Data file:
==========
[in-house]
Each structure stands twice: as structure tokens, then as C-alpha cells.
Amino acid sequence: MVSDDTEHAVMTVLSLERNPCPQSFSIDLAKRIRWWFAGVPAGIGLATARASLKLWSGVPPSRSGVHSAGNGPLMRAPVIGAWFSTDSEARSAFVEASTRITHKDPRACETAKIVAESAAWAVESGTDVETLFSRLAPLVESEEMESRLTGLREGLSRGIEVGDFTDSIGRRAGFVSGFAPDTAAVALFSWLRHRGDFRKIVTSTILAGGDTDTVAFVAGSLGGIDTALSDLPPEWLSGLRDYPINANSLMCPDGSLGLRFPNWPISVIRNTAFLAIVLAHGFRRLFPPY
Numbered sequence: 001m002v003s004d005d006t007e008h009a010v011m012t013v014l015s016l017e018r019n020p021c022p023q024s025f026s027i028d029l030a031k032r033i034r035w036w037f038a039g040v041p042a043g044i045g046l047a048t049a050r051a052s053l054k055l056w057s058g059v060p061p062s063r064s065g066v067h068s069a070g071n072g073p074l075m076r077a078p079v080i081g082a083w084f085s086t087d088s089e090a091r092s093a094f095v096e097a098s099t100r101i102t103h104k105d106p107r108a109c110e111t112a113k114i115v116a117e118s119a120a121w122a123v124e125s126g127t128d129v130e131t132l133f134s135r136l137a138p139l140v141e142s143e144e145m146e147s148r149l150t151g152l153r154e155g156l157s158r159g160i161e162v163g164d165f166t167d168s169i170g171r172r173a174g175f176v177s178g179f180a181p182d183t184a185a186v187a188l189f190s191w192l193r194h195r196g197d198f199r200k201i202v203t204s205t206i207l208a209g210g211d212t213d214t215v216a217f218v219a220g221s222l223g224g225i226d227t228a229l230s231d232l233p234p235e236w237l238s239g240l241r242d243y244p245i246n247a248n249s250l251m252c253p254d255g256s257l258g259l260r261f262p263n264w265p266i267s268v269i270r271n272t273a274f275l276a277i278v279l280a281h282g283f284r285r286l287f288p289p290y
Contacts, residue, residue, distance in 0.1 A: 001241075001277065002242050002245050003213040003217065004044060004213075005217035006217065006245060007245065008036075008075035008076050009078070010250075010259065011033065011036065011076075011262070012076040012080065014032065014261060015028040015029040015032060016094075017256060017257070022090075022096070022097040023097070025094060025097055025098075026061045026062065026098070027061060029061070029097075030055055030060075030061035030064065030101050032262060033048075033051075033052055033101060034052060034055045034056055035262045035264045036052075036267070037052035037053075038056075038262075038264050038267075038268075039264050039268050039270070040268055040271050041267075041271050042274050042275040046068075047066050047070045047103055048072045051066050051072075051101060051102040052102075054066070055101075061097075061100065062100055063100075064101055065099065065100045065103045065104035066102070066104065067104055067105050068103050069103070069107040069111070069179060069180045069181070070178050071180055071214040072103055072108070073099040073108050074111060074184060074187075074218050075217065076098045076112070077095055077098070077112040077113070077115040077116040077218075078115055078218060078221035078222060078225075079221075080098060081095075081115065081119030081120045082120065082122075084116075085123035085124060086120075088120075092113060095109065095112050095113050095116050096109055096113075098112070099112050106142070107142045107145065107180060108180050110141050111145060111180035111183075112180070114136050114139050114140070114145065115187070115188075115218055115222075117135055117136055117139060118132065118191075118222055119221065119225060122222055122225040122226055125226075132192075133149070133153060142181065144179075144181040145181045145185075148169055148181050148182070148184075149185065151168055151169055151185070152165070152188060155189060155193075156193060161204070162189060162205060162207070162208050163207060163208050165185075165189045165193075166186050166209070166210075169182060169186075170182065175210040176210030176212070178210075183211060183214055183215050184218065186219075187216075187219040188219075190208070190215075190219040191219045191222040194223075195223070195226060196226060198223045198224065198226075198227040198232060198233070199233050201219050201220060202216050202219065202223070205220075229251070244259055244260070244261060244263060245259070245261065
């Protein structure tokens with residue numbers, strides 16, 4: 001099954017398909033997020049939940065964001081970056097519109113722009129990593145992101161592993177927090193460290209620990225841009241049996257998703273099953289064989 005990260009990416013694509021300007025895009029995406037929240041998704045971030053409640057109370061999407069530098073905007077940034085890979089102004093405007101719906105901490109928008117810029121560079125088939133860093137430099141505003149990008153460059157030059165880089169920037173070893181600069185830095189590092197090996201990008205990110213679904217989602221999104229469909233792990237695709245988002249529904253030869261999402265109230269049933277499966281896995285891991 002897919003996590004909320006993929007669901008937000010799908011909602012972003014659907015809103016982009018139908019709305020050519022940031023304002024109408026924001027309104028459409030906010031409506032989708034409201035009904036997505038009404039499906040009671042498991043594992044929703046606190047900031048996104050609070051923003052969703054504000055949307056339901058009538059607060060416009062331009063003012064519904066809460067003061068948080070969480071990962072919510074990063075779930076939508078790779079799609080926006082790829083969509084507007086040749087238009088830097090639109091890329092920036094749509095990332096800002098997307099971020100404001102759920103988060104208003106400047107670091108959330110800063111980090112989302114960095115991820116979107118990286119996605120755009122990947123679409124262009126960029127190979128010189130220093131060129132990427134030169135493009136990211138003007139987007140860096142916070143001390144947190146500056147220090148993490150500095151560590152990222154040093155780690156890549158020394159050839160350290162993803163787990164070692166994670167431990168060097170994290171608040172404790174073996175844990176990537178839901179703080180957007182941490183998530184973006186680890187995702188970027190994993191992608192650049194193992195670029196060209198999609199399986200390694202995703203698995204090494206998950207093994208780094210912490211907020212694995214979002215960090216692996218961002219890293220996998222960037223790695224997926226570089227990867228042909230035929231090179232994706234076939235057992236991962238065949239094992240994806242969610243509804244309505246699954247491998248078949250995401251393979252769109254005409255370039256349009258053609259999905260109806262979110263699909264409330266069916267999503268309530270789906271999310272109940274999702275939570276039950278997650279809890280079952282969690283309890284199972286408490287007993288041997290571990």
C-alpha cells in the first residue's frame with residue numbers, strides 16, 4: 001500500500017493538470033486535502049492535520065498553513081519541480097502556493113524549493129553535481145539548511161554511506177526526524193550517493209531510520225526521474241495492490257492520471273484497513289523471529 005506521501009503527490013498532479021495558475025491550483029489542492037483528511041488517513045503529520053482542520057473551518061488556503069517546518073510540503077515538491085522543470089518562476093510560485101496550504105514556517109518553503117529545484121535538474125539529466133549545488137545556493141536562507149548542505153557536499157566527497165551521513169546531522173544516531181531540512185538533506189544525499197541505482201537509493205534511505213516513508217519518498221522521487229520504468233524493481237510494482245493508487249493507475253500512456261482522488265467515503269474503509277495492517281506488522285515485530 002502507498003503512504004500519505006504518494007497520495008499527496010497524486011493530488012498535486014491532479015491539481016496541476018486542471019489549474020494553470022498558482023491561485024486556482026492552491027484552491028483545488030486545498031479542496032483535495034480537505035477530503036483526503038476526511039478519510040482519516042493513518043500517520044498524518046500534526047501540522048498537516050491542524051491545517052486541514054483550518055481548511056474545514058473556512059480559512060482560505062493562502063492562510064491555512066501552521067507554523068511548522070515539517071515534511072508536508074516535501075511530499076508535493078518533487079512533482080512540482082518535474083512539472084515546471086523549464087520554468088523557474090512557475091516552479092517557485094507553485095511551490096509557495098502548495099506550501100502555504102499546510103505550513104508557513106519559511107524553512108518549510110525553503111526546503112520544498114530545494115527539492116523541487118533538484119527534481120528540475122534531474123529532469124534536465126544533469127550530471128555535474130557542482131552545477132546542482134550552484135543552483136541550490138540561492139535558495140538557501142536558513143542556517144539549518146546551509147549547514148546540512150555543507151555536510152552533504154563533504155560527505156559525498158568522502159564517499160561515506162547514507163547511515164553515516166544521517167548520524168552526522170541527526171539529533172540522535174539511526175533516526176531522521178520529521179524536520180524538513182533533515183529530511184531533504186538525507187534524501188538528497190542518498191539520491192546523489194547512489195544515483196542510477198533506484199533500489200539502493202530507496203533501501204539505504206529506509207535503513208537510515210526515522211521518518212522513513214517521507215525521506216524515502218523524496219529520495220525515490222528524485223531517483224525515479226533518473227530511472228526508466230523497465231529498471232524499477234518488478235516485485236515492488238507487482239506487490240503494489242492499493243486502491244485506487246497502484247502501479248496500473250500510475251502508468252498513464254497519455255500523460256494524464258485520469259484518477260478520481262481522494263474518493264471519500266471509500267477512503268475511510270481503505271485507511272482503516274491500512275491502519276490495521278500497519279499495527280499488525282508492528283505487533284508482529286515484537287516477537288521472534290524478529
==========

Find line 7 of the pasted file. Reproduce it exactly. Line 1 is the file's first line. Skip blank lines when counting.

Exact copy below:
C-alpha cells in the first residue's frame with residue numbers, strides 16, 4: 001500500500017493538470033486535502049492535520065498553513081519541480097502556493113524549493129553535481145539548511161554511506177526526524193550517493209531510520225526521474241495492490257492520471273484497513289523471529 005506521501009503527490013498532479021495558475025491550483029489542492037483528511041488517513045503529520053482542520057473551518061488556503069517546518073510540503077515538491085522543470089518562476093510560485101496550504105514556517109518553503117529545484121535538474125539529466133549545488137545556493141536562507149548542505153557536499157566527497165551521513169546531522173544516531181531540512185538533506189544525499197541505482201537509493205534511505213516513508217519518498221522521487229520504468233524493481237510494482245493508487249493507475253500512456261482522488265467515503269474503509277495492517281506488522285515485530 002502507498003503512504004500519505006504518494007497520495008499527496010497524486011493530488012498535486014491532479015491539481016496541476018486542471019489549474020494553470022498558482023491561485024486556482026492552491027484552491028483545488030486545498031479542496032483535495034480537505035477530503036483526503038476526511039478519510040482519516042493513518043500517520044498524518046500534526047501540522048498537516050491542524051491545517052486541514054483550518055481548511056474545514058473556512059480559512060482560505062493562502063492562510064491555512066501552521067507554523068511548522070515539517071515534511072508536508074516535501075511530499076508535493078518533487079512533482080512540482082518535474083512539472084515546471086523549464087520554468088523557474090512557475091516552479092517557485094507553485095511551490096509557495098502548495099506550501100502555504102499546510103505550513104508557513106519559511107524553512108518549510110525553503111526546503112520544498114530545494115527539492116523541487118533538484119527534481120528540475122534531474123529532469124534536465126544533469127550530471128555535474130557542482131552545477132546542482134550552484135543552483136541550490138540561492139535558495140538557501142536558513143542556517144539549518146546551509147549547514148546540512150555543507151555536510152552533504154563533504155560527505156559525498158568522502159564517499160561515506162547514507163547511515164553515516166544521517167548520524168552526522170541527526171539529533172540522535174539511526175533516526176531522521178520529521179524536520180524538513182533533515183529530511184531533504186538525507187534524501188538528497190542518498191539520491192546523489194547512489195544515483196542510477198533506484199533500489200539502493202530507496203533501501204539505504206529506509207535503513208537510515210526515522211521518518212522513513214517521507215525521506216524515502218523524496219529520495220525515490222528524485223531517483224525515479226533518473227530511472228526508466230523497465231529498471232524499477234518488478235516485485236515492488238507487482239506487490240503494489242492499493243486502491244485506487246497502484247502501479248496500473250500510475251502508468252498513464254497519455255500523460256494524464258485520469259484518477260478520481262481522494263474518493264471519500266471509500267477512503268475511510270481503505271485507511272482503516274491500512275491502519276490495521278500497519279499495527280499488525282508492528283505487533284508482529286515484537287516477537288521472534290524478529